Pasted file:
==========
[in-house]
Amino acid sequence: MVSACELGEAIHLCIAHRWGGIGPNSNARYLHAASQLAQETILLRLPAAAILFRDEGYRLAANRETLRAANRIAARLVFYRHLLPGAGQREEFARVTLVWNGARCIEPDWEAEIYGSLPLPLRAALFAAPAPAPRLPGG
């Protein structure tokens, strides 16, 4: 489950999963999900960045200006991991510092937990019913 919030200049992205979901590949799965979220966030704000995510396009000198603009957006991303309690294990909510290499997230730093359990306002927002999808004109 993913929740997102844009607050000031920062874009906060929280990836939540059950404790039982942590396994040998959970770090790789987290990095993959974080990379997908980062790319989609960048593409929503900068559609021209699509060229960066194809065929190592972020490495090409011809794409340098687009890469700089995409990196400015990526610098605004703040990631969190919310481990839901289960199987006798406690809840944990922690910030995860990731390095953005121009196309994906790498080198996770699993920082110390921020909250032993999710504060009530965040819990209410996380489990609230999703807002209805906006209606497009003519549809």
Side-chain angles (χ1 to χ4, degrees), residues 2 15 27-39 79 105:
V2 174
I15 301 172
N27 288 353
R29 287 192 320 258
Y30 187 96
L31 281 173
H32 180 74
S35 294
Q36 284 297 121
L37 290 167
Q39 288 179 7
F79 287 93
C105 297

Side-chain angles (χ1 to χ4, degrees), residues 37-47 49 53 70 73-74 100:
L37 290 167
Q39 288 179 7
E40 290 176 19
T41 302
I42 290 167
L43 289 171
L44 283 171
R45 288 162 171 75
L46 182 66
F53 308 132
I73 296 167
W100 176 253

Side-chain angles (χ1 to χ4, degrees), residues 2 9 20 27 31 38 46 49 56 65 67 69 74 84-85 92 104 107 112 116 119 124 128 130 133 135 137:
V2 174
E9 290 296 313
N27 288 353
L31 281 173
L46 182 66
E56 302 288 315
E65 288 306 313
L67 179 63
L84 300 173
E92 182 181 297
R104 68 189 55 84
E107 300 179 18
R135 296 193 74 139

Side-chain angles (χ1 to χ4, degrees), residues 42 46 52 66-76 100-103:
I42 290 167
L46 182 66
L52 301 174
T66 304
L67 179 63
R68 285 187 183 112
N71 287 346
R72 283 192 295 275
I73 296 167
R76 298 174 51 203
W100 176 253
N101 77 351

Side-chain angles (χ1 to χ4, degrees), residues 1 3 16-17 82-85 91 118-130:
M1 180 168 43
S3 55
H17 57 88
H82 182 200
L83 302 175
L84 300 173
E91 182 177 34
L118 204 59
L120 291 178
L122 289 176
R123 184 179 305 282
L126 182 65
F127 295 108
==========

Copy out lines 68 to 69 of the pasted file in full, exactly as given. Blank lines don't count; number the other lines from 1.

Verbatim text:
L122 289 176
R123 184 179 305 282